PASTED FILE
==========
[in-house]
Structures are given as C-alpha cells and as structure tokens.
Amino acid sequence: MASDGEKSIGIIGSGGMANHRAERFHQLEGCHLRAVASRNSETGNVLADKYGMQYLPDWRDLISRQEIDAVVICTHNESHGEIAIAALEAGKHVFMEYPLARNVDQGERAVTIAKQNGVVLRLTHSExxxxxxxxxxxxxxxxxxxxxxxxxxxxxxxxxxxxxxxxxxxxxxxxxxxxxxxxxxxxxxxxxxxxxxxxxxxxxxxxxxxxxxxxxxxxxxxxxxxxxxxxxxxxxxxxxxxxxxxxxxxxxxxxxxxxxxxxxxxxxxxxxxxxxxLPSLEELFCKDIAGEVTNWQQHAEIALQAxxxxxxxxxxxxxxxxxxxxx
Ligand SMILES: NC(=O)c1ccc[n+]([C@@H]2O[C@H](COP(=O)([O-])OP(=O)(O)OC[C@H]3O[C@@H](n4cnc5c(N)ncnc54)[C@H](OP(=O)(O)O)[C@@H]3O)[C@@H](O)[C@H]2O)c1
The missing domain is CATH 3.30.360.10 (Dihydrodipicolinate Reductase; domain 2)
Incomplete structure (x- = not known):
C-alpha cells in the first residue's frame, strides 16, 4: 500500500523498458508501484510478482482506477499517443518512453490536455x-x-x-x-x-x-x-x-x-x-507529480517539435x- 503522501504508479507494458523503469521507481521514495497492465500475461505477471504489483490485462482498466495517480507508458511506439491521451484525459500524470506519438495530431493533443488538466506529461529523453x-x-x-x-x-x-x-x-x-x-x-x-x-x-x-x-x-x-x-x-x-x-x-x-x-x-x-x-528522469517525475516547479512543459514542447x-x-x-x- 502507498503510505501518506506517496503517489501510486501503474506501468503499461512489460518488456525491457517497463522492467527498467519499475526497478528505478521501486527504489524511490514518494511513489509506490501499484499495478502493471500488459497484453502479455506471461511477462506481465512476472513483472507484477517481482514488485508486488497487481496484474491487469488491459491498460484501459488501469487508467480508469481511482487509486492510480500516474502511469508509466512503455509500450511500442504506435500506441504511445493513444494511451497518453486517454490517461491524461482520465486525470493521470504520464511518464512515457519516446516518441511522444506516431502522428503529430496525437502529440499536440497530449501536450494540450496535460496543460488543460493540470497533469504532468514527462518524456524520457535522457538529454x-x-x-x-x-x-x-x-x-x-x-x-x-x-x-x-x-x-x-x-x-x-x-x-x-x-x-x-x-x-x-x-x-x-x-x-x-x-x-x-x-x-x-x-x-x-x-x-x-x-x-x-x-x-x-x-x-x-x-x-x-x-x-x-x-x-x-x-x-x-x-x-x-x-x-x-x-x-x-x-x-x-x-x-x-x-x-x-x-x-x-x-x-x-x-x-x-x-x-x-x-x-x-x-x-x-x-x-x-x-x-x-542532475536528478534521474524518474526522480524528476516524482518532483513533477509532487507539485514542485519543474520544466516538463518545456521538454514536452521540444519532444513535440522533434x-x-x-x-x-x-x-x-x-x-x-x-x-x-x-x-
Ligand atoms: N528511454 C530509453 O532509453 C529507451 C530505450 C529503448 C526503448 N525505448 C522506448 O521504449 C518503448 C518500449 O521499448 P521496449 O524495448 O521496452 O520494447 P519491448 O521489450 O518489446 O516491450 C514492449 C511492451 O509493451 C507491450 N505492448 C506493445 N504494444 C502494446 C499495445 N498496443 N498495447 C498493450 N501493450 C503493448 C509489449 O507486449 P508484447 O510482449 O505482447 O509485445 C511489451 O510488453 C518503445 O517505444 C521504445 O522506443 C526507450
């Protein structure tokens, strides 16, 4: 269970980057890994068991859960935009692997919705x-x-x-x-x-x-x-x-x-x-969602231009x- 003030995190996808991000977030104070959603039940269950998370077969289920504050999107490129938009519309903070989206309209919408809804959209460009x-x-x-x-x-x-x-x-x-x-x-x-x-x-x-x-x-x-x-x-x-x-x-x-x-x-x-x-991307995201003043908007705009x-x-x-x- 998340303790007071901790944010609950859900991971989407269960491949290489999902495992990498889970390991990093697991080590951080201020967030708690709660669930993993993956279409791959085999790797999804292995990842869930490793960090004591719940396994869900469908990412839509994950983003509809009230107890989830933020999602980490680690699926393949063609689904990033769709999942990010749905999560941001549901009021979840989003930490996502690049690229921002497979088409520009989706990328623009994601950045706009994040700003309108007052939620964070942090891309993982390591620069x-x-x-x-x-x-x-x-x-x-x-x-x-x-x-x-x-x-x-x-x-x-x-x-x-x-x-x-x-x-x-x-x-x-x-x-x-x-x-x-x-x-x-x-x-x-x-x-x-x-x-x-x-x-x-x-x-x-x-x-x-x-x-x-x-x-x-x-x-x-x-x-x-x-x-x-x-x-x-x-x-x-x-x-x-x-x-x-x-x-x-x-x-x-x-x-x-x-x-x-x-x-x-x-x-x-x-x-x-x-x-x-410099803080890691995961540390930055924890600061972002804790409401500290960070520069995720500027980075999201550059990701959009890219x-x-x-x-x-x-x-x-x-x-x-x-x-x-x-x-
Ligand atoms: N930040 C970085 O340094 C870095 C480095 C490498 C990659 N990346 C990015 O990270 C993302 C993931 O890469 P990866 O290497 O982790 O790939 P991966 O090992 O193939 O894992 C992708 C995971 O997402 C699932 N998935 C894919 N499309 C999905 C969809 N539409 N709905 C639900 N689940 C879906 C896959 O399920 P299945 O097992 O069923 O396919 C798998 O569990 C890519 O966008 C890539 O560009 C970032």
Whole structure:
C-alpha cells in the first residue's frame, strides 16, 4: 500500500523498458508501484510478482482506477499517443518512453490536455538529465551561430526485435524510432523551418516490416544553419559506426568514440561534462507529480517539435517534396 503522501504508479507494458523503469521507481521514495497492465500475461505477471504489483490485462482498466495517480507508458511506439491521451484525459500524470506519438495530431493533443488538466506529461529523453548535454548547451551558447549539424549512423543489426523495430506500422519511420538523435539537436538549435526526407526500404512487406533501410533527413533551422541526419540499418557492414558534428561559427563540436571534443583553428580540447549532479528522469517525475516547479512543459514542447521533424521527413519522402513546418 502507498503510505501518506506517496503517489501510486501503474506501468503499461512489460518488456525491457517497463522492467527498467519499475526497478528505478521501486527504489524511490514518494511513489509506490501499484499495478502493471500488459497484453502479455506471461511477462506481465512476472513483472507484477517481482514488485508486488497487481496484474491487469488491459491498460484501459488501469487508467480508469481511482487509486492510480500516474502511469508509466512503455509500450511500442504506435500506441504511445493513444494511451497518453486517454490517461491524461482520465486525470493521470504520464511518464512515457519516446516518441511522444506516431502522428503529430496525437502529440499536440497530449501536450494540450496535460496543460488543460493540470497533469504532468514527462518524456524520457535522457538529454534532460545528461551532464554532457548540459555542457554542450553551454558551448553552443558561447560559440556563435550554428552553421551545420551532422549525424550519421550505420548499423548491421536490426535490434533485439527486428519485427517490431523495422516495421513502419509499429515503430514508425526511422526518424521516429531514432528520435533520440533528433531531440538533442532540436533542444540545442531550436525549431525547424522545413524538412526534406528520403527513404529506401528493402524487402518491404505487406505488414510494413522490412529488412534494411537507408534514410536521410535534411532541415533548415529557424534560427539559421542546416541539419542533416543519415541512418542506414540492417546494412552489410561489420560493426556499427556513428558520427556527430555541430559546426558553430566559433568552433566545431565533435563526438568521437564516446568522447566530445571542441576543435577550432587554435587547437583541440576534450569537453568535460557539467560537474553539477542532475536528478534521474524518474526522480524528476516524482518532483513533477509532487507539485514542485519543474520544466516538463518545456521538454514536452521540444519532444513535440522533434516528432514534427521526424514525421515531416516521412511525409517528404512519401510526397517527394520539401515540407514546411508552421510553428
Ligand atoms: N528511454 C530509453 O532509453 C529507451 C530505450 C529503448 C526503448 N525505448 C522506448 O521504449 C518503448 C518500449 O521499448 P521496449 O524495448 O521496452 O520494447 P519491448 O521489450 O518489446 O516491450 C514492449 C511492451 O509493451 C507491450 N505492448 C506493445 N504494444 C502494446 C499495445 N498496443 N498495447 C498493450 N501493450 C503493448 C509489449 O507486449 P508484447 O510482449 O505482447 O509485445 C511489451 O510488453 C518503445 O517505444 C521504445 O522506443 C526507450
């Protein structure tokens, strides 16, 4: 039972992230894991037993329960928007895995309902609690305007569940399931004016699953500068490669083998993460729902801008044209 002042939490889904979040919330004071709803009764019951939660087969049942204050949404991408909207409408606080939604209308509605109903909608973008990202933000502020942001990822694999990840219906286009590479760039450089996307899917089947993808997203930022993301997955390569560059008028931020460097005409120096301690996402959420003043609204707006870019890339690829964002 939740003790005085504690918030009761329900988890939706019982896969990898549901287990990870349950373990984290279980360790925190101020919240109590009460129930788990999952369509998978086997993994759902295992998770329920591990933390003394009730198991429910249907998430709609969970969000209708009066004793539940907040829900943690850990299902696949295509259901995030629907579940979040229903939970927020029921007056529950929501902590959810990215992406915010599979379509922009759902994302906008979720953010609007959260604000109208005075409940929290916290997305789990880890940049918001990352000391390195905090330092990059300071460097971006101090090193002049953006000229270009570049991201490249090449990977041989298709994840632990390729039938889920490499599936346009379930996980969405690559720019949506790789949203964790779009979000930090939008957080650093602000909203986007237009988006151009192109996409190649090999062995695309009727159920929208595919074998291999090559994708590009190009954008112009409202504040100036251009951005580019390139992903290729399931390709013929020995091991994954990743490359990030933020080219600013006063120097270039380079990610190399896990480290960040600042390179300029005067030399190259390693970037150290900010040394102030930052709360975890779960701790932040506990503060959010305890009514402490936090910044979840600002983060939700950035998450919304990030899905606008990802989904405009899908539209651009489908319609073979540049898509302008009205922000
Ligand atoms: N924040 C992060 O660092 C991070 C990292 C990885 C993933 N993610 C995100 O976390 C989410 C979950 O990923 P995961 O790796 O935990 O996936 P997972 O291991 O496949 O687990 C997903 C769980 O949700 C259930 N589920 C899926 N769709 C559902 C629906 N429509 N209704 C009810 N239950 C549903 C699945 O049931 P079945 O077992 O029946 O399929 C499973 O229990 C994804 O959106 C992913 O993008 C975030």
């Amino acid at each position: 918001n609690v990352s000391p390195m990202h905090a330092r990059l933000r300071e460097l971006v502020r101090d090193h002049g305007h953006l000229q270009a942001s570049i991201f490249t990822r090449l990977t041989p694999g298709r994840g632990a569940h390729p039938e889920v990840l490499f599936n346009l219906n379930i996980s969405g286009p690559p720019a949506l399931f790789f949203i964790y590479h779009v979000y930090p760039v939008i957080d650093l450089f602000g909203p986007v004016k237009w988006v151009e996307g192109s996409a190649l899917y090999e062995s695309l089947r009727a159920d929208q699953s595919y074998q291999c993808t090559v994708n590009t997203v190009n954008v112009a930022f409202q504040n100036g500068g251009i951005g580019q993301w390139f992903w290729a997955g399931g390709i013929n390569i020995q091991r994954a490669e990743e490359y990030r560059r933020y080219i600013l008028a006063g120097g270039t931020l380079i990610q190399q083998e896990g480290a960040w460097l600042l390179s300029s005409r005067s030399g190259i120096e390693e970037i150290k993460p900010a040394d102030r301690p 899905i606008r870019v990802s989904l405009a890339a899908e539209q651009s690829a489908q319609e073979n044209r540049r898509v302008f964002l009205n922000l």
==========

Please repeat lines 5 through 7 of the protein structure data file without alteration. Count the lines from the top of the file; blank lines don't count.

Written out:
The missing domain is CATH 3.30.360.10 (Dihydrodipicolinate Reductase; domain 2)
Incomplete structure (x- = not known):
C-alpha cells in the first residue's frame, strides 16, 4: 500500500523498458508501484510478482482506477499517443518512453490536455x-x-x-x-x-x-x-x-x-x-507529480517539435x- 503522501504508479507494458523503469521507481521514495497492465500475461505477471504489483490485462482498466495517480507508458511506439491521451484525459500524470506519438495530431493533443488538466506529461529523453x-x-x-x-x-x-x-x-x-x-x-x-x-x-x-x-x-x-x-x-x-x-x-x-x-x-x-x-528522469517525475516547479512543459514542447x-x-x-x- 502507498503510505501518506506517496503517489501510486501503474506501468503499461512489460518488456525491457517497463522492467527498467519499475526497478528505478521501486527504489524511490514518494511513489509506490501499484499495478502493471500488459497484453502479455506471461511477462506481465512476472513483472507484477517481482514488485508486488497487481496484474491487469488491459491498460484501459488501469487508467480508469481511482487509486492510480500516474502511469508509466512503455509500450511500442504506435500506441504511445493513444494511451497518453486517454490517461491524461482520465486525470493521470504520464511518464512515457519516446516518441511522444506516431502522428503529430496525437502529440499536440497530449501536450494540450496535460496543460488543460493540470497533469504532468514527462518524456524520457535522457538529454x-x-x-x-x-x-x-x-x-x-x-x-x-x-x-x-x-x-x-x-x-x-x-x-x-x-x-x-x-x-x-x-x-x-x-x-x-x-x-x-x-x-x-x-x-x-x-x-x-x-x-x-x-x-x-x-x-x-x-x-x-x-x-x-x-x-x-x-x-x-x-x-x-x-x-x-x-x-x-x-x-x-x-x-x-x-x-x-x-x-x-x-x-x-x-x-x-x-x-x-x-x-x-x-x-x-x-x-x-x-x-x-542532475536528478534521474524518474526522480524528476516524482518532483513533477509532487507539485514542485519543474520544466516538463518545456521538454514536452521540444519532444513535440522533434x-x-x-x-x-x-x-x-x-x-x-x-x-x-x-x-